Anyone who’s wrenched on their own car can lament about dropping tools into the engine. There’s at least one Motor1 staffer who once spent an entire weekend tearing apart the engine of a 1993 Ford Taurus SHO after neatly dropping a bucket tappet holder down an oil return line. Would it have existed peacefully at the bottom of the oil pan for the rest of the old SHO’s life? Possibly, but with whirling bits of important engine components in close proximity, such things aren’t best left to chance.

Which makes this surprising engine find even more of a jaw dropper, because it wasn’t in close proximity to moving bits. It had direct contact for 64,000 miles.


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The car in question is a 2006 Mitsubishi Evo, belonging to forum user Chris P. He claims that, after taking his car to a Mitsubushi dealer with concerns about some ticking noise from the top of the engine, this socket was found nestled next to a valve spring. As far as problems go, it’s at least an obvious one.

What's interesting is Chris P. also says he’s the original owner of the car and has never cracked the engine open, meaning the socket must’ve been left there during assembly at the factory. That claim is further supported by the writing on the socket, which Chris smartly traced back to a company that does supply Mitsubushi with tools. With that kind of evidence, one would expect the automaker to pick up the bill for work involved, but Mitsubishi representatives had other ideas.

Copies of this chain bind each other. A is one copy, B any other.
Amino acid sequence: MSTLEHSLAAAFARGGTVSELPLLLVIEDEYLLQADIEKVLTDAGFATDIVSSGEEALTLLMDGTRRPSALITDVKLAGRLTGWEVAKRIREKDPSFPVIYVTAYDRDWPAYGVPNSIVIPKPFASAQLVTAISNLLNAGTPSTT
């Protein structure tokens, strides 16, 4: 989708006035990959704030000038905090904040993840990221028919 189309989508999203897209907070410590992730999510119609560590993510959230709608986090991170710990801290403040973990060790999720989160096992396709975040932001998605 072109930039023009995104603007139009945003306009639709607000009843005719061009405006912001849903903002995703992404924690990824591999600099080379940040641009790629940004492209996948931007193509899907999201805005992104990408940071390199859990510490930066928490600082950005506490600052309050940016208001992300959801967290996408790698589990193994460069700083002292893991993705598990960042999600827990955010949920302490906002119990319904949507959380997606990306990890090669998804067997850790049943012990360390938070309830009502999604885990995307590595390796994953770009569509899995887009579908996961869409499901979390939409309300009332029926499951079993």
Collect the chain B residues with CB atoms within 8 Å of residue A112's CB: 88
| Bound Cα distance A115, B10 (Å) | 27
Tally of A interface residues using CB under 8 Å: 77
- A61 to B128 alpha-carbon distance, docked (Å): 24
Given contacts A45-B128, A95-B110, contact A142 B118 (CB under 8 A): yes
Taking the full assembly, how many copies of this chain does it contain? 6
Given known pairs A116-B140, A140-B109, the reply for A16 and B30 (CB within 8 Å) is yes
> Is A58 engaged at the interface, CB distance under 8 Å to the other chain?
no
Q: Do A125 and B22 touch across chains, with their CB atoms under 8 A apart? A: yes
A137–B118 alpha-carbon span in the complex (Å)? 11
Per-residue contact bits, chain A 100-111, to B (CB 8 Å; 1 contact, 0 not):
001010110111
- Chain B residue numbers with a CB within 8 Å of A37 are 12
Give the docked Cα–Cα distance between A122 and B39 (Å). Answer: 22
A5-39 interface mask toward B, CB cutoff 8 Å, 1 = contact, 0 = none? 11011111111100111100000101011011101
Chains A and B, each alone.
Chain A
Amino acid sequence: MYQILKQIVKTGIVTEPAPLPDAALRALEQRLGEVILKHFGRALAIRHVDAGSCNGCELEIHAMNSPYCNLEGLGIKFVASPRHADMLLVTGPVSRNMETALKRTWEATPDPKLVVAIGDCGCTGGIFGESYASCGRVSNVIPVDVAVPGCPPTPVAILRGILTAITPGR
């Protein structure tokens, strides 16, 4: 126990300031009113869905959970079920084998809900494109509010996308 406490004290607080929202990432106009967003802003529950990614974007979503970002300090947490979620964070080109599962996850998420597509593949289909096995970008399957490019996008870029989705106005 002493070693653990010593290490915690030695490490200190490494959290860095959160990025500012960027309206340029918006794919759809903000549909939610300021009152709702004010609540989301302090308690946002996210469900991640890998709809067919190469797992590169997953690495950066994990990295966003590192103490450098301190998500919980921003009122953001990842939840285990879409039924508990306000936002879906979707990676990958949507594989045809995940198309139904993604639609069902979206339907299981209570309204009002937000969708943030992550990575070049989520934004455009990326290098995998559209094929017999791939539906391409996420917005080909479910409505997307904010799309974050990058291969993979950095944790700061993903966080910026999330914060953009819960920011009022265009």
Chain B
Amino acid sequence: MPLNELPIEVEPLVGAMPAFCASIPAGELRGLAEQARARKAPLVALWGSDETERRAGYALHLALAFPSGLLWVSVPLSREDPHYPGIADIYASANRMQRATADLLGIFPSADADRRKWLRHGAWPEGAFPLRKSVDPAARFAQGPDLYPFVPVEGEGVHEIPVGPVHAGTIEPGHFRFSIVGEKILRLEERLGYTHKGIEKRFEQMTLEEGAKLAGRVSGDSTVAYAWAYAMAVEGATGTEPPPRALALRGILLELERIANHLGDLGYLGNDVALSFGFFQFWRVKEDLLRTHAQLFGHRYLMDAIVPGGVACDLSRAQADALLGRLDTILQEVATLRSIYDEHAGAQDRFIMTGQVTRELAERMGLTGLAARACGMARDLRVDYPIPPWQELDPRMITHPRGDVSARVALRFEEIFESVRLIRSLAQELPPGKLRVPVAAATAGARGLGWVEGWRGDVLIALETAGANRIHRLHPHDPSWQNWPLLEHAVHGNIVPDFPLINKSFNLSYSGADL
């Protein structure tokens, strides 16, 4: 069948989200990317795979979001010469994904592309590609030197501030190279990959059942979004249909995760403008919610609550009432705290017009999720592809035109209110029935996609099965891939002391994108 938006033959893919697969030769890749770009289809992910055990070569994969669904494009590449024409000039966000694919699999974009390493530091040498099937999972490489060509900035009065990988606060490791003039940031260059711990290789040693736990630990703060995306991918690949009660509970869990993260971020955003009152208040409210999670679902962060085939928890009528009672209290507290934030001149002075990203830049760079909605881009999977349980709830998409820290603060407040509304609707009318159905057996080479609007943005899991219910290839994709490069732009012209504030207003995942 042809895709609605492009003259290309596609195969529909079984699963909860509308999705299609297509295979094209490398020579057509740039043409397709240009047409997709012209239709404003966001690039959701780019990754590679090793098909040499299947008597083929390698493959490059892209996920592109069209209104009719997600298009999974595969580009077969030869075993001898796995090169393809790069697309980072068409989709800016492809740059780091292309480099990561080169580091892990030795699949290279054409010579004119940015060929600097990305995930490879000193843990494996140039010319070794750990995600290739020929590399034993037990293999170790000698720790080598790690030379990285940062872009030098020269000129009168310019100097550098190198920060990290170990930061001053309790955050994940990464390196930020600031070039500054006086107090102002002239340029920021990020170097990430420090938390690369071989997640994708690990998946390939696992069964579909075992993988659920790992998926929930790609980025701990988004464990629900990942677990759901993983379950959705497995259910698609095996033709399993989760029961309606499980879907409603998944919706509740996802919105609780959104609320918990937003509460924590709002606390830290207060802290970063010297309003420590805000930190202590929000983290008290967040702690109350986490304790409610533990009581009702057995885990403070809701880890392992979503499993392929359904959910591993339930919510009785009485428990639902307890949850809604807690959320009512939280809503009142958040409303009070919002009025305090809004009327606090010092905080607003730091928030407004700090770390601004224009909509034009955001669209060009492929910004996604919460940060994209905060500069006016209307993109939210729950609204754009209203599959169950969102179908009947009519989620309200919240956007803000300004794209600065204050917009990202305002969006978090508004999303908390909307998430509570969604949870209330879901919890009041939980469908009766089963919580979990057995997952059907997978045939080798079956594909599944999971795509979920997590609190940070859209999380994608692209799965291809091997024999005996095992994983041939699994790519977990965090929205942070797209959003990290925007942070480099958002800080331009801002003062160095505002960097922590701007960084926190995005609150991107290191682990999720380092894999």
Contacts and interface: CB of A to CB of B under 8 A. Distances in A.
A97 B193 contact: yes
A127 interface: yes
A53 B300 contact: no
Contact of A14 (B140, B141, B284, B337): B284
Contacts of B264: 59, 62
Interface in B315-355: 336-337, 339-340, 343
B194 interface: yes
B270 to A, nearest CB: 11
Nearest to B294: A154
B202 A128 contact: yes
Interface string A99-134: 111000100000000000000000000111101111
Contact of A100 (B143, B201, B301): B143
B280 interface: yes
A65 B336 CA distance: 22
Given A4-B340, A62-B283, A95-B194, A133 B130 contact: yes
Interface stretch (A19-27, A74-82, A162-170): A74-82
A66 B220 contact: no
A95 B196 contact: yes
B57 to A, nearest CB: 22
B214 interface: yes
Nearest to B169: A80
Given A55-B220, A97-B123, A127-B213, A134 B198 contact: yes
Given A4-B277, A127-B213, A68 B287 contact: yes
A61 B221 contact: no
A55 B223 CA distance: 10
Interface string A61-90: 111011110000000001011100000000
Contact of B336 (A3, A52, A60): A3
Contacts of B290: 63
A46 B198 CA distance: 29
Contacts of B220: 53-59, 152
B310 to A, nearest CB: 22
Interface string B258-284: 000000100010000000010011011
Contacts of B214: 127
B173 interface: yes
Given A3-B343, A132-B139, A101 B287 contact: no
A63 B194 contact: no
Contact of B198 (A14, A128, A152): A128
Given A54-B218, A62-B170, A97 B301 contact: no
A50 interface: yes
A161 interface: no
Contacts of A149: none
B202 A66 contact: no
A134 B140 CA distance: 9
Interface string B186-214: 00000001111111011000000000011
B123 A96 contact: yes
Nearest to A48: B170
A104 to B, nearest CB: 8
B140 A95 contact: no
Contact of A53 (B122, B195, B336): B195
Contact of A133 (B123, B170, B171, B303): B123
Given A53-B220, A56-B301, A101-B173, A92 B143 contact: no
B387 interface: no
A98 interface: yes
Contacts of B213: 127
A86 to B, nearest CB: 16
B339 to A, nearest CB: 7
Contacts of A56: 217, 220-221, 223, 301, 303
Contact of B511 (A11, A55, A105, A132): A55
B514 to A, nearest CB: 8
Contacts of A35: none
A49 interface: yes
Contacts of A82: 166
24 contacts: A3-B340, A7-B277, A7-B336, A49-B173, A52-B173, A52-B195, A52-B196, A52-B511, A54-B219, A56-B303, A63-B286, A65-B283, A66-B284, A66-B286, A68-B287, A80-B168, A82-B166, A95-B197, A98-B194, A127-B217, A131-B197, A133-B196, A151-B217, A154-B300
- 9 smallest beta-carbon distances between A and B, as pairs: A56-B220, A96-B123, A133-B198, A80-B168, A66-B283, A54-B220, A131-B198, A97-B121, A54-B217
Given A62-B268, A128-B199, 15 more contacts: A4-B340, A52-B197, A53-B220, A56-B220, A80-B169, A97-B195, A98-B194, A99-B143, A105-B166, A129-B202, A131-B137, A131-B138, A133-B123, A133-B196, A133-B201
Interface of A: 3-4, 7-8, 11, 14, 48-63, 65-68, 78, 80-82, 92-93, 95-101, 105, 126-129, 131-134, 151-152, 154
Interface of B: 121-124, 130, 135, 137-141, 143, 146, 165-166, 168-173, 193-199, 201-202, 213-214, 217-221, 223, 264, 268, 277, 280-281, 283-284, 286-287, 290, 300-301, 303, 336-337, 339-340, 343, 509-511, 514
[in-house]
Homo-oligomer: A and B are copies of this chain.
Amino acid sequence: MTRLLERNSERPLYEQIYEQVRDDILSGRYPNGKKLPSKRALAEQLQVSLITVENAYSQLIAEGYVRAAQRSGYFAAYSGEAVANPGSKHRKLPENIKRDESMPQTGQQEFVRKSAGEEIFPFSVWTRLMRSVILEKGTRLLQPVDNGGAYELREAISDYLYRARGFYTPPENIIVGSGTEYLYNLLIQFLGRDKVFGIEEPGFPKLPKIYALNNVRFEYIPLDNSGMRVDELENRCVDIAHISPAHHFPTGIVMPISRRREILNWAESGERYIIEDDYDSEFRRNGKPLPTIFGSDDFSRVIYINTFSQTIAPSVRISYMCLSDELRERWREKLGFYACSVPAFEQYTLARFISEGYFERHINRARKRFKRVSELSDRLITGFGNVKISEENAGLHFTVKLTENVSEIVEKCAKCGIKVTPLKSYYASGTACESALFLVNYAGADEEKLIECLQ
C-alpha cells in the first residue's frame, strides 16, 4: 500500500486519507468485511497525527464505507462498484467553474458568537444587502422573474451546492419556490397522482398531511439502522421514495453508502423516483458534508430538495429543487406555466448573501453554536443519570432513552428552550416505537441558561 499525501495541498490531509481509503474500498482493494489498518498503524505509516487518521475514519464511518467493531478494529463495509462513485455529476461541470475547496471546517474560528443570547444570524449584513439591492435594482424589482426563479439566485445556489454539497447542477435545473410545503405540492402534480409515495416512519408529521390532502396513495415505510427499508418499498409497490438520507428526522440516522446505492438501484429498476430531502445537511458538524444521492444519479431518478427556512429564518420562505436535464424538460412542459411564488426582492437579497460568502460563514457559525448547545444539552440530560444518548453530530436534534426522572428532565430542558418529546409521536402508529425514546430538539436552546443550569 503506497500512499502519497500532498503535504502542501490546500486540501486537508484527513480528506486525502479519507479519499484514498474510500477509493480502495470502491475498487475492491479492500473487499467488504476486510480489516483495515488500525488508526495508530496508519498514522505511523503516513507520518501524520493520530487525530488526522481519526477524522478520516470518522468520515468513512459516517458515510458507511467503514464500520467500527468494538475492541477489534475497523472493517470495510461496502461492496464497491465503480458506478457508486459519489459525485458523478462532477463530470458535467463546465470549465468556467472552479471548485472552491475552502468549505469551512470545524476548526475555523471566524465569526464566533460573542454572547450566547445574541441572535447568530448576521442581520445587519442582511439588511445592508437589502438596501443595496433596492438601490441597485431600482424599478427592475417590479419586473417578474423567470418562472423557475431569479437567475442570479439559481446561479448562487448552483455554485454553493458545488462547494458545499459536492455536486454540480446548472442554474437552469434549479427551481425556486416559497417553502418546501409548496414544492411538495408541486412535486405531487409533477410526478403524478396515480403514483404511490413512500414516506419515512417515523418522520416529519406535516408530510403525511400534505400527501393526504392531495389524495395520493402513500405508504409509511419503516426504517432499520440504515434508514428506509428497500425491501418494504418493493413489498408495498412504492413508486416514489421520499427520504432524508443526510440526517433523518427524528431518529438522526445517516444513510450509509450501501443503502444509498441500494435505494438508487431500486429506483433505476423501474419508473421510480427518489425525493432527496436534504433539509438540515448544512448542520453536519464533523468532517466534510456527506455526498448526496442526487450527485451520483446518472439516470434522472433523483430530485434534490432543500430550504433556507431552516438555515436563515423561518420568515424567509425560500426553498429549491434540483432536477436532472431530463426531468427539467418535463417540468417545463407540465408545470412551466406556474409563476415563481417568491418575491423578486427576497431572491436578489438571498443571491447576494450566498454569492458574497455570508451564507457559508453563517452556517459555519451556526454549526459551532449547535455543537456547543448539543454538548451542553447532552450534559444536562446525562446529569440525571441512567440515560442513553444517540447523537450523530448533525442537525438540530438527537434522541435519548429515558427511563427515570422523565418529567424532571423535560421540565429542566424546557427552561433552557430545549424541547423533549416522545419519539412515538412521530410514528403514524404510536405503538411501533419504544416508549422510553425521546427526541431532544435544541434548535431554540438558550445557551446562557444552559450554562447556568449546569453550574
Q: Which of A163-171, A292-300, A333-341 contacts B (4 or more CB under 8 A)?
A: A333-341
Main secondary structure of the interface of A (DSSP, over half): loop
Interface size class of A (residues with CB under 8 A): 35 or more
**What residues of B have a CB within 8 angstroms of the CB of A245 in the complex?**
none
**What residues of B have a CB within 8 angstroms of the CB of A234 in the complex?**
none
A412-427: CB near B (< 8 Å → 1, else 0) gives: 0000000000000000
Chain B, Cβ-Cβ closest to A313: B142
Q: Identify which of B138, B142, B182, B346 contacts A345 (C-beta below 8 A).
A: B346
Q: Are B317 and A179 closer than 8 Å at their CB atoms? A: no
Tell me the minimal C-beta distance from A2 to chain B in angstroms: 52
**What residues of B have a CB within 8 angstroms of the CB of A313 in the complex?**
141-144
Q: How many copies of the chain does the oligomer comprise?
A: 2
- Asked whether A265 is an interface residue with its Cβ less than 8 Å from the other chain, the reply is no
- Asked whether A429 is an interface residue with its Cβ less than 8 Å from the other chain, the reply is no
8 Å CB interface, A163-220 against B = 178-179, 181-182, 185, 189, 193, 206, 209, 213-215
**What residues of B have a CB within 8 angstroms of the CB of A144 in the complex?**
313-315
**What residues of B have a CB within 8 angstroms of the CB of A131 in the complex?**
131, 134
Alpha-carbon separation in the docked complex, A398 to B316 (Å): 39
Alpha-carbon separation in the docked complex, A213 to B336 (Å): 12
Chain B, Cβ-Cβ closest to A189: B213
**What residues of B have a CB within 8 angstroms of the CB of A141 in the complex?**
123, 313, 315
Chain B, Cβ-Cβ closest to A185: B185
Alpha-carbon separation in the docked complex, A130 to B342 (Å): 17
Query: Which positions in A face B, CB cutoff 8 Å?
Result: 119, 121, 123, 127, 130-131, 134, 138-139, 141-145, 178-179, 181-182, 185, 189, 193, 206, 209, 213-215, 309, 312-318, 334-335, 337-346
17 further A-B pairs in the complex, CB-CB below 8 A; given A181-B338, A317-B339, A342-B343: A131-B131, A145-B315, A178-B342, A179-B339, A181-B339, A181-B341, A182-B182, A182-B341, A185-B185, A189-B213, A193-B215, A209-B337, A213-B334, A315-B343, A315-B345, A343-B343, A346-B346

Since the car was out of warranty, the manufacturer offered to pay the hefty dealership diagnostic fee, but only if damage to the engine was found. After a fruitless back-and-forth session which reportedly included district managers from the automakers, Chris P. took his plight to social media.




At that point, the viral internet thing happened, with numerous news outlets posting about the crazy situation. We’re happy to report that Mitsubishi contacted Chris (a different representative than he’d talked with previously, according to him) and agreed to cover all diagnostic fees and any repairs related to damage from the socket.

Considering the socket has a big hash mark on it from sitting next to a valve spring for 64,000 miles, we’re guessing some repair work is in order. 


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